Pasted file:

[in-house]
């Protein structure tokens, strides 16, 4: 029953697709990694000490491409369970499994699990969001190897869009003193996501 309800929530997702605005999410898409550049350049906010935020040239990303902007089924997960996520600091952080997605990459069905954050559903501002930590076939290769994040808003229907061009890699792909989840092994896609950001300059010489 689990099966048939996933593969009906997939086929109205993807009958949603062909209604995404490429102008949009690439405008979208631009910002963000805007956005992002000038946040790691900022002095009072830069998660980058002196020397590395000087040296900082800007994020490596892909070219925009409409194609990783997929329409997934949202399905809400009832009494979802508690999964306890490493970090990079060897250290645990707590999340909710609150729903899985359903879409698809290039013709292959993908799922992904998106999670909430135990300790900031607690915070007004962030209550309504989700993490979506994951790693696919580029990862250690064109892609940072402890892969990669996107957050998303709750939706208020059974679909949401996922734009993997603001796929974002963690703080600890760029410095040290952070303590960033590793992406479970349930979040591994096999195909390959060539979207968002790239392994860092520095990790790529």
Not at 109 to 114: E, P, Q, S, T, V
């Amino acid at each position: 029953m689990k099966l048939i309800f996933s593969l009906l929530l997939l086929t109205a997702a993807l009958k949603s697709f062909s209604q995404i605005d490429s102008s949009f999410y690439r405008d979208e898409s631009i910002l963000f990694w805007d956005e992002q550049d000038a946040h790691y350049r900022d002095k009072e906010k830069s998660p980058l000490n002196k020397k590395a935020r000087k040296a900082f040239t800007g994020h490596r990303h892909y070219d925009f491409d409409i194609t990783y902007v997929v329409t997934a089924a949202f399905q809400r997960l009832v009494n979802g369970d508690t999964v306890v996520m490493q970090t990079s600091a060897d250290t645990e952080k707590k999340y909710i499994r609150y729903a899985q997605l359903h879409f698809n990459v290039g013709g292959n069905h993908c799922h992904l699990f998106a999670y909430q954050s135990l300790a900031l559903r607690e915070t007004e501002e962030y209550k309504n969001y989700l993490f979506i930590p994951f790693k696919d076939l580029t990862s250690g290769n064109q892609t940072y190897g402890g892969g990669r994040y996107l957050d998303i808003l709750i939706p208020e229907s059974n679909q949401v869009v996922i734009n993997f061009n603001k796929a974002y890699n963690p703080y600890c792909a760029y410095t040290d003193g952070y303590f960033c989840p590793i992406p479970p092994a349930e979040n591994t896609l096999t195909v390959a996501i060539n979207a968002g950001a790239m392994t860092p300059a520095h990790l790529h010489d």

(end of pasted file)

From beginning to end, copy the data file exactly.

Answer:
[in-house]
């Protein structure tokens, strides 16, 4: 029953697709990694000490491409369970499994699990969001190897869009003193996501 309800929530997702605005999410898409550049350049906010935020040239990303902007089924997960996520600091952080997605990459069905954050559903501002930590076939290769994040808003229907061009890699792909989840092994896609950001300059010489 689990099966048939996933593969009906997939086929109205993807009958949603062909209604995404490429102008949009690439405008979208631009910002963000805007956005992002000038946040790691900022002095009072830069998660980058002196020397590395000087040296900082800007994020490596892909070219925009409409194609990783997929329409997934949202399905809400009832009494979802508690999964306890490493970090990079060897250290645990707590999340909710609150729903899985359903879409698809290039013709292959993908799922992904998106999670909430135990300790900031607690915070007004962030209550309504989700993490979506994951790693696919580029990862250690064109892609940072402890892969990669996107957050998303709750939706208020059974679909949401996922734009993997603001796929974002963690703080600890760029410095040290952070303590960033590793992406479970349930979040591994096999195909390959060539979207968002790239392994860092520095990790790529």
Not at 109 to 114: E, P, Q, S, T, V
């Amino acid at each position: 029953m689990k099966l048939i309800f996933s593969l009906l929530l997939l086929t109205a997702a993807l009958k949603s697709f062909s209604q995404i605005d490429s102008s949009f999410y690439r405008d979208e898409s631009i910002l963000f990694w805007d956005e992002q550049d000038a946040h790691y350049r900022d002095k009072e906010k830069s998660p980058l000490n002196k020397k590395a935020r000087k040296a900082f040239t800007g994020h490596r990303h892909y070219d925009f491409d409409i194609t990783y902007v997929v329409t997934a089924a949202f399905q809400r997960l009832v009494n979802g369970d508690t999964v306890v996520m490493q970090t990079s600091a060897d250290t645990e952080k707590k999340y909710i499994r609150y729903a899985q997605l359903h879409f698809n990459v290039g013709g292959n069905h993908c799922h992904l699990f998106a999670y909430q954050s135990l300790a900031l559903r607690e915070t007004e501002e962030y209550k309504n969001y989700l993490f979506i930590p994951f790693k696919d076939l580029t990862s250690g290769n064109q892609t940072y190897g402890g892969g990669r994040y996107l957050d998303i808003l709750i939706p208020e229907s059974n679909q949401v869009v996922i734009n993997f061009n603001k796929a974002y890699n963690p703080y600890c792909a760029y410095t040290d003193g952070y303590f960033c989840p590793i992406p479970p092994a349930e979040n591994t896609l096999t195909v390959a996501i060539n979207a968002g950001a790239m392994t860092p300059a520095h990790l790529h010489d």